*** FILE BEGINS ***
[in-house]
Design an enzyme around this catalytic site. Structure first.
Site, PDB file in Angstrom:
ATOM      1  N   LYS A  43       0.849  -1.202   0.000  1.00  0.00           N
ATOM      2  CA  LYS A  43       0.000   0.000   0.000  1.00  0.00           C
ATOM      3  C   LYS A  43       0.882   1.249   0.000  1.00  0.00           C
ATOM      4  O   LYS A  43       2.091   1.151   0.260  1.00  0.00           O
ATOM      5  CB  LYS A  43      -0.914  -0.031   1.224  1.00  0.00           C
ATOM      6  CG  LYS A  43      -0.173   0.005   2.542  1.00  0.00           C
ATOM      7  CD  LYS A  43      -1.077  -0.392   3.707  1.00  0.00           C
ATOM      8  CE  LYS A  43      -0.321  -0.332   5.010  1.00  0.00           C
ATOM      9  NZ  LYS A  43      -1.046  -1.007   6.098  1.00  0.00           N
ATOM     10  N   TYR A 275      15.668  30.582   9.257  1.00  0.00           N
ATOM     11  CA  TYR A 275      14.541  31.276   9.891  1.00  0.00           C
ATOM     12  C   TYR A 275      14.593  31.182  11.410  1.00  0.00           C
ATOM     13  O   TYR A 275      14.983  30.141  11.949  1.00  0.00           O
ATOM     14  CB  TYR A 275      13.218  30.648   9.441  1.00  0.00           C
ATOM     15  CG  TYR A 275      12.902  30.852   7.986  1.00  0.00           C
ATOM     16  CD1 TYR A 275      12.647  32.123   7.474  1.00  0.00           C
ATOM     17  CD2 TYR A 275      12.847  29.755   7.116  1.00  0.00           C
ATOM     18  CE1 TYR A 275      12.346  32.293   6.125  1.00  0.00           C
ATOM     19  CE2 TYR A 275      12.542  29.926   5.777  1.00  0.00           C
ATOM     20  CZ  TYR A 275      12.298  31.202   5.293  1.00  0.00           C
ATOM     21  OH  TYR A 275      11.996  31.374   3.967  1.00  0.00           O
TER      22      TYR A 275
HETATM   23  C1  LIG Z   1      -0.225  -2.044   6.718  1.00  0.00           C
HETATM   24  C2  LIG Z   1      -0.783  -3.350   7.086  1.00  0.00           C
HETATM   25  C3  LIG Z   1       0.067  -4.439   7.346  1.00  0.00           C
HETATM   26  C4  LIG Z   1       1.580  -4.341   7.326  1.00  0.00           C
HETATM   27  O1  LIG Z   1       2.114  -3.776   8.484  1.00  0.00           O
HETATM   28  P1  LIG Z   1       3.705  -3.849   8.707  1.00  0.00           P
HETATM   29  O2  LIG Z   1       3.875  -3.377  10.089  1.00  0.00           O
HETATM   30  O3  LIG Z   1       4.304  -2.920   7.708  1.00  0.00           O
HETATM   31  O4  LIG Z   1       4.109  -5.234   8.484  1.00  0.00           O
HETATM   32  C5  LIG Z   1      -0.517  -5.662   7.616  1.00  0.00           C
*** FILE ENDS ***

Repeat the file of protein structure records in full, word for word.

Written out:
[in-house]
Design an enzyme around this catalytic site. Structure first.
Site, PDB file in Angstrom:
ATOM      1  N   LYS A  43       0.849  -1.202   0.000  1.00  0.00           N
ATOM      2  CA  LYS A  43       0.000   0.000   0.000  1.00  0.00           C
ATOM      3  C   LYS A  43       0.882   1.249   0.000  1.00  0.00           C
ATOM      4  O   LYS A  43       2.091   1.151   0.260  1.00  0.00           O
ATOM      5  CB  LYS A  43      -0.914  -0.031   1.224  1.00  0.00           C
ATOM      6  CG  LYS A  43      -0.173   0.005   2.542  1.00  0.00           C
ATOM      7  CD  LYS A  43      -1.077  -0.392   3.707  1.00  0.00           C
ATOM      8  CE  LYS A  43      -0.321  -0.332   5.010  1.00  0.00           C
ATOM      9  NZ  LYS A  43      -1.046  -1.007   6.098  1.00  0.00           N
ATOM     10  N   TYR A 275      15.668  30.582   9.257  1.00  0.00           N
ATOM     11  CA  TYR A 275      14.541  31.276   9.891  1.00  0.00           C
ATOM     12  C   TYR A 275      14.593  31.182  11.410  1.00  0.00           C
ATOM     13  O   TYR A 275      14.983  30.141  11.949  1.00  0.00           O
ATOM     14  CB  TYR A 275      13.218  30.648   9.441  1.00  0.00           C
ATOM     15  CG  TYR A 275      12.902  30.852   7.986  1.00  0.00           C
ATOM     16  CD1 TYR A 275      12.647  32.123   7.474  1.00  0.00           C
ATOM     17  CD2 TYR A 275      12.847  29.755   7.116  1.00  0.00           C
ATOM     18  CE1 TYR A 275      12.346  32.293   6.125  1.00  0.00           C
ATOM     19  CE2 TYR A 275      12.542  29.926   5.777  1.00  0.00           C
ATOM     20  CZ  TYR A 275      12.298  31.202   5.293  1.00  0.00           C
ATOM     21  OH  TYR A 275      11.996  31.374   3.967  1.00  0.00           O
TER      22      TYR A 275
HETATM   23  C1  LIG Z   1      -0.225  -2.044   6.718  1.00  0.00           C
HETATM   24  C2  LIG Z   1      -0.783  -3.350   7.086  1.00  0.00           C
HETATM   25  C3  LIG Z   1       0.067  -4.439   7.346  1.00  0.00           C
HETATM   26  C4  LIG Z   1       1.580  -4.341   7.326  1.00  0.00           C
HETATM   27  O1  LIG Z   1       2.114  -3.776   8.484  1.00  0.00           O
HETATM   28  P1  LIG Z   1       3.705  -3.849   8.707  1.00  0.00           P
HETATM   29  O2  LIG Z   1       3.875  -3.377  10.089  1.00  0.00           O
HETATM   30  O3  LIG Z   1       4.304  -2.920   7.708  1.00  0.00           O
HETATM   31  O4  LIG Z   1       4.109  -5.234   8.484  1.00  0.00           O
HETATM   32  C5  LIG Z   1      -0.517  -5.662   7.616  1.00  0.00           C